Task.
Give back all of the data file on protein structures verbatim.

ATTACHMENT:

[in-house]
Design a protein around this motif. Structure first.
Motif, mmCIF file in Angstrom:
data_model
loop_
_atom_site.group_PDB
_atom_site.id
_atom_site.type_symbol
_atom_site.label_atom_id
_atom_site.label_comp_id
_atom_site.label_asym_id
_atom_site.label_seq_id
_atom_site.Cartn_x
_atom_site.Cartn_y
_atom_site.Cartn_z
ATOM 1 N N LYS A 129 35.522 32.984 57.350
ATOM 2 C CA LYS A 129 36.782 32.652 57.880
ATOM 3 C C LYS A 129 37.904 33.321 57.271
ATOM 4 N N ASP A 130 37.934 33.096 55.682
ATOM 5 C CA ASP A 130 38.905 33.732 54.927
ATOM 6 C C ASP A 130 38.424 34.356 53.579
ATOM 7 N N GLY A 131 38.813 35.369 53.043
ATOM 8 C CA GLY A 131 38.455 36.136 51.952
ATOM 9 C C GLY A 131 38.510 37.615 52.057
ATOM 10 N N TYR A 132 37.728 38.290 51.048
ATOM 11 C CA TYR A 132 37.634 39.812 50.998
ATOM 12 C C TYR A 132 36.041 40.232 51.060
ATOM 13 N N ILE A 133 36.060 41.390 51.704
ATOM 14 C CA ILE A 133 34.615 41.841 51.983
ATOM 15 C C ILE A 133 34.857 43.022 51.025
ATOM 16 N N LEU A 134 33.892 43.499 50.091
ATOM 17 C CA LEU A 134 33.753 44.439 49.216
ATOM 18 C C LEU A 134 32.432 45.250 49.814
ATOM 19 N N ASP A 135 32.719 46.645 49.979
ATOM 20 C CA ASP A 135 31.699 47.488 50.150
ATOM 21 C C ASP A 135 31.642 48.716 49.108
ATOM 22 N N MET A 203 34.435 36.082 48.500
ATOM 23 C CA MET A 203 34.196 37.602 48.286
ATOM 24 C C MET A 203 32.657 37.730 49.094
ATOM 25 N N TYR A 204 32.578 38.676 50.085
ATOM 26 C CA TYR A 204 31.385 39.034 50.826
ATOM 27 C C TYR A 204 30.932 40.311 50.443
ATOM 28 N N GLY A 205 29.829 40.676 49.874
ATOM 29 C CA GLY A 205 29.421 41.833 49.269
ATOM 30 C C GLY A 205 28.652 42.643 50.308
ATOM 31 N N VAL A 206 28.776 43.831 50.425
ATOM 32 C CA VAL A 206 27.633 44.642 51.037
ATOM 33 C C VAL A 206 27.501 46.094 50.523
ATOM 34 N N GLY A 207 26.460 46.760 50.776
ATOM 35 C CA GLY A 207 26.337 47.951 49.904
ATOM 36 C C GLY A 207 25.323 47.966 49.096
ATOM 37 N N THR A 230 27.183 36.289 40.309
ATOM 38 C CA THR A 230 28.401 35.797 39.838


[in-house]
Design a protein around this motif. Structure first.
Motif, mmCIF file in Angstrom:
data_model
loop_
_atom_site.group_PDB
_atom_site.id
_atom_site.type_symbol
_atom_site.label_atom_id
_atom_site.label_comp_id
_atom_site.label_asym_id
_atom_site.label_seq_id
_atom_site.Cartn_x
_atom_site.Cartn_y
_atom_site.Cartn_z
ATOM 1 N N LYS A 129 35.522 32.984 57.350
ATOM 2 C CA LYS A 129 36.782 32.652 57.880
ATOM 3 C C LYS A 129 37.904 33.321 57.271
ATOM 4 N N ASP A 130 37.934 33.096 55.682
ATOM 5 C CA ASP A 130 38.905 33.732 54.927
ATOM 6 C C ASP A 130 38.424 34.356 53.579
ATOM 7 N N GLY A 131 38.813 35.369 53.043
ATOM 8 C CA GLY A 131 38.455 36.136 51.952
ATOM 9 C C GLY A 131 38.510 37.615 52.057
ATOM 10 N N TYR A 132 37.728 38.290 51.048
ATOM 11 C CA TYR A 132 37.634 39.812 50.998
ATOM 12 C C TYR A 132 36.041 40.232 51.060
ATOM 13 N N ILE A 133 36.060 41.390 51.704
ATOM 14 C CA ILE A 133 34.615 41.841 51.983
ATOM 15 C C ILE A 133 34.857 43.022 51.025
ATOM 16 N N LEU A 134 33.892 43.499 50.091
ATOM 17 C CA LEU A 134 33.753 44.439 49.216
ATOM 18 C C LEU A 134 32.432 45.250 49.814
ATOM 19 N N ASP A 135 32.719 46.645 49.979
ATOM 20 C CA ASP A 135 31.699 47.488 50.150
ATOM 21 C C ASP A 135 31.642 48.716 49.108
ATOM 22 N N MET A 203 34.435 36.082 48.500
ATOM 23 C CA MET A 203 34.196 37.602 48.286
ATOM 24 C C MET A 203 32.657 37.730 49.094
ATOM 25 N N TYR A 204 32.578 38.676 50.085
ATOM 26 C CA TYR A 204 31.385 39.034 50.826
ATOM 27 C C TYR A 204 30.932 40.311 50.443
ATOM 28 N N GLY A 205 29.829 40.676 49.874
ATOM 29 C CA GLY A 205 29.421 41.833 49.269
ATOM 30 C C GLY A 205 28.652 42.643 50.308
ATOM 31 N N VAL A 206 28.776 43.831 50.425
ATOM 32 C CA VAL A 206 27.633 44.642 51.037
ATOM 33 C C VAL A 206 27.501 46.094 50.523
ATOM 34 N N GLY A 207 26.460 46.760 50.776
ATOM 35 C CA GLY A 207 26.337 47.951 49.904
ATOM 36 C C GLY A 207 25.323 47.966 49.096
ATOM 37 N N THR A 230 27.183 36.289 40.309
ATOM 38 C CA THR A 230 28.401 35.797 39.838